Inflation May Lead to Early Christmas Shopping

The U.S. Consumer Price Index has been rising faster than some economists expected. Shoppers are paying much more for necessities such as food, energy, and household goods.

On August 10, 2022, the U.S. Bureau of Labor Statistics reported that in the previous 12 months — through July 2022 — the prices Americans pay for all items had risen 8.5%.

In a recent report, Rob Garf, vice president and general manager of retail at Salesforce, stated, “Inflation has finally caught up to bullish spending, with consumers buying fewer items from fewer retailers. This likely isn’t a temporary mindset but a signal of a larger consumer behavioral shift towards value and convenience. For retailers to address this, it’s not about physical versus digital, but rather finding ways for channels to work symbiotically to attract and retain loyal shoppers.”

With prices rising, some shoppers may decide to buy their Christmas gifts earlier this year while costs are still relatively lower.

Early holiday shopping may have even impacted Amazon’s 2022 Prime Day. The company’s two-day sale generated some $11.9 billion in sales, an 8.5% increase over 2021’s event. Some in the retail industry believe that inflation-wary shoppers brought forward their gift-buying to take advantage of Amazon’s deals.

Front-loading Christmas giving may not save money, but even the perception alone could drive some early sales.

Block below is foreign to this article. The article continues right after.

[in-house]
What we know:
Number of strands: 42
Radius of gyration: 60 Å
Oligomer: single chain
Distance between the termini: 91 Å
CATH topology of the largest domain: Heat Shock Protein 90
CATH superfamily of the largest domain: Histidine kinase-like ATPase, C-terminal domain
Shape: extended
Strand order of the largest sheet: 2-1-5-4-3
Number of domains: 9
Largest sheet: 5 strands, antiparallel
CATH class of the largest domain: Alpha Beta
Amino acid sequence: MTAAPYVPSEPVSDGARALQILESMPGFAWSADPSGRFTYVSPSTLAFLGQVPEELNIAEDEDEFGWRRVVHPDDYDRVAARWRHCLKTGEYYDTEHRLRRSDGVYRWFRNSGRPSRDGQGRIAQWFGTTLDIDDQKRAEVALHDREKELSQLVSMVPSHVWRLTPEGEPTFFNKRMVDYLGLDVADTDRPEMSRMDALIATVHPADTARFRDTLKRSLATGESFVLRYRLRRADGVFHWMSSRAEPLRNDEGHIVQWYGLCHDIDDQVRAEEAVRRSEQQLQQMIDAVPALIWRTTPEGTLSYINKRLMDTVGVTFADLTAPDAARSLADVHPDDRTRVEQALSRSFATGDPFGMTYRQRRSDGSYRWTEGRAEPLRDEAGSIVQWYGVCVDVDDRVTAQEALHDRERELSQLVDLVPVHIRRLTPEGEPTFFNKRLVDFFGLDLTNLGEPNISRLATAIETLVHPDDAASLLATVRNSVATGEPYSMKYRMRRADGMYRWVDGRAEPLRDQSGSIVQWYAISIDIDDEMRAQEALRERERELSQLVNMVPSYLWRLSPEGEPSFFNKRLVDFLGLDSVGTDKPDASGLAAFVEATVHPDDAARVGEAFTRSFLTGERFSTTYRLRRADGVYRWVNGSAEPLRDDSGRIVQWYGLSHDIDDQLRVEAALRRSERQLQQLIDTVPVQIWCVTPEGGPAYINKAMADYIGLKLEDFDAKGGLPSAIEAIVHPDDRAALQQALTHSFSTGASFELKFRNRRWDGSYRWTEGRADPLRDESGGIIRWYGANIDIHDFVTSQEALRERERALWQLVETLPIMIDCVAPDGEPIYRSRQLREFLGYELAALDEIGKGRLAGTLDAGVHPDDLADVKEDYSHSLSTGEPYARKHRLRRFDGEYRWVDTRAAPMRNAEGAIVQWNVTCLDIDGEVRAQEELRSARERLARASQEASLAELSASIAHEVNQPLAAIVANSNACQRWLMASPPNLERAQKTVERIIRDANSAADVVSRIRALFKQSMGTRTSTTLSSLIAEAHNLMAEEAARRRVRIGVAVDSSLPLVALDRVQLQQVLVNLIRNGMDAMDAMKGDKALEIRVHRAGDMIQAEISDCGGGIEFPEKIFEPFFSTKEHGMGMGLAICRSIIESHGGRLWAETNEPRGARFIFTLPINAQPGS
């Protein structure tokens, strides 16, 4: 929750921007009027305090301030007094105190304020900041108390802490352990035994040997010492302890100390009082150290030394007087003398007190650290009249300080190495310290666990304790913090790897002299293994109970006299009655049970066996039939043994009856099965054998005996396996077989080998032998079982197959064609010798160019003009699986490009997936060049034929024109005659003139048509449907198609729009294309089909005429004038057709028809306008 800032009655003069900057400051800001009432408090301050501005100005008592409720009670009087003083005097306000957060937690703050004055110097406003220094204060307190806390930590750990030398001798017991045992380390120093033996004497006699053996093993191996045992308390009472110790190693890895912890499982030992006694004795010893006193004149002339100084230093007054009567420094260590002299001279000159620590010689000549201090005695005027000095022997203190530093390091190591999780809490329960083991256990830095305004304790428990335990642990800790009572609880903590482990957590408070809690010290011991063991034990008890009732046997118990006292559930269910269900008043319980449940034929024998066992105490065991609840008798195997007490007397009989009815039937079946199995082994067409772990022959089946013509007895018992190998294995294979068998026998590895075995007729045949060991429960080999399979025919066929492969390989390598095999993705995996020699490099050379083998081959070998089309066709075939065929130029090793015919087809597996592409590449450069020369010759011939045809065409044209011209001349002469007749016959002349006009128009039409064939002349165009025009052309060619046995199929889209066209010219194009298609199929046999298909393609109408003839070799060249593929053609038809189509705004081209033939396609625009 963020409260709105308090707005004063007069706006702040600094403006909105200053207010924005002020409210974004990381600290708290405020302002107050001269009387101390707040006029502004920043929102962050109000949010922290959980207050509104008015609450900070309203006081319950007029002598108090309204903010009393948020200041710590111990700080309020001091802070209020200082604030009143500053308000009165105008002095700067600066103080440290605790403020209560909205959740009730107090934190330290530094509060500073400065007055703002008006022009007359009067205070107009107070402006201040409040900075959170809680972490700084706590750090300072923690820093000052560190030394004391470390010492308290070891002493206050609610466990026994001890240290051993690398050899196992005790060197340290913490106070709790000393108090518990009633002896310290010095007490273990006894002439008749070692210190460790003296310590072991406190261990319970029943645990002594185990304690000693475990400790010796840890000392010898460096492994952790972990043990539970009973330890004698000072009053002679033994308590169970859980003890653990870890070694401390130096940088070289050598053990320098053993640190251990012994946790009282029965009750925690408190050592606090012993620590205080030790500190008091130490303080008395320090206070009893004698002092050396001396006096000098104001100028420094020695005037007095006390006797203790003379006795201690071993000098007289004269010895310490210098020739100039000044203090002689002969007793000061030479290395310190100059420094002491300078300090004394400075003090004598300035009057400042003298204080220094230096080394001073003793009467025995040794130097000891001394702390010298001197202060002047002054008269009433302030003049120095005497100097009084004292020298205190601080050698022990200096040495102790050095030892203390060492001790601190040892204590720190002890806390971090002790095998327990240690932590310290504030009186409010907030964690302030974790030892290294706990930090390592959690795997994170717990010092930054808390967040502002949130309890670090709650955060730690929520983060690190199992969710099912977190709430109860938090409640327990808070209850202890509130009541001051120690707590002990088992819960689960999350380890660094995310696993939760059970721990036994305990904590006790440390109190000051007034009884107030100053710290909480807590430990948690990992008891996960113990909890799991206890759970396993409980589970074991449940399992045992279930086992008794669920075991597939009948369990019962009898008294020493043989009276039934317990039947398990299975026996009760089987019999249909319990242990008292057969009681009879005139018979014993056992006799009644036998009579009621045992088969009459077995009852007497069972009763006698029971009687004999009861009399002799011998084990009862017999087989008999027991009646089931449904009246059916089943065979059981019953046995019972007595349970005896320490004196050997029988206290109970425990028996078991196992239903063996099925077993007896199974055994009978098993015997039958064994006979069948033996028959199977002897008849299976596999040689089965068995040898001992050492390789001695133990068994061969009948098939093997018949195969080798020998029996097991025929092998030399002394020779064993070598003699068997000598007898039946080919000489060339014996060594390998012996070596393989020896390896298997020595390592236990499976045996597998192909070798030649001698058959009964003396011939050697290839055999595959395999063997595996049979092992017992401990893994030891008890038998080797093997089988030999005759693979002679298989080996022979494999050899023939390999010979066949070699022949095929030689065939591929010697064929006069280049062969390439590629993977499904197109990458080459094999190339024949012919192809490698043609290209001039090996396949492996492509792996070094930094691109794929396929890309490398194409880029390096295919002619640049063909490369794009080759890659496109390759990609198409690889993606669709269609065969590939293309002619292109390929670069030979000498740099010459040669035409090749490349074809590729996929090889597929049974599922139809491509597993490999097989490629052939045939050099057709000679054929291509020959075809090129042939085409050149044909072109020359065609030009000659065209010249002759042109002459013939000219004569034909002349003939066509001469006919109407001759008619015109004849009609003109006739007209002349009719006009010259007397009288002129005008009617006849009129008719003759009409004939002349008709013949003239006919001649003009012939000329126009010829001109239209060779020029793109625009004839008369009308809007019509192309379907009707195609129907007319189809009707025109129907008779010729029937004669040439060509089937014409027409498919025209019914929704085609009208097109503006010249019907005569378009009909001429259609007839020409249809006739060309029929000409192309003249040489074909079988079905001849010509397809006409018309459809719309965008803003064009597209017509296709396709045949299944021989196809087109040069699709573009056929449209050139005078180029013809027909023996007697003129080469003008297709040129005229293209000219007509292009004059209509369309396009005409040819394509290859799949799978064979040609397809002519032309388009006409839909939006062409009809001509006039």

Tight Budgets

Inflation may also cause shoppers to be more budget-conscious this holiday season and spread out their purchases rather than buy everything at once.

Thus a shopper who might usually wait for Black Friday (November 25, 2022), Cyber Monday (November 28, 2022), or even Super Saturday (December 17, 2022) to buy gifts could shift some of those purchases into October or earlier to blunt Christmas shopping’s budgetary blow.

To this point, a Salesforce survey last month found that about 37% of American shoppers and 42% of global buyers planned to start buying presents earlier because of inflation.


With tighter budgets, shoppers may turn to online marketplaces and retailers sooner rather than later this holiday season to save money on shipping and reduce the environmental impact.

Amazon, for example, is already offering shoppers slower shipping options that consolidate more items into each box. The idea is that a relatively fuller box with several items delivered on a single day has less environmental impact than delivery on separate days.

Shoppers who are environmentally conscious and concerned about inflation might purchase gifts in advance to save on shipping and lessen the climate effect.

Early Sales

Savvy marketers at retailers and direct-to-consumer brands may already anticipate inflation-based drivers. They could give shoppers early access to holiday deals or add buy now, pay later options to ease budget concerns.

Armando Roggio
Armando Roggio
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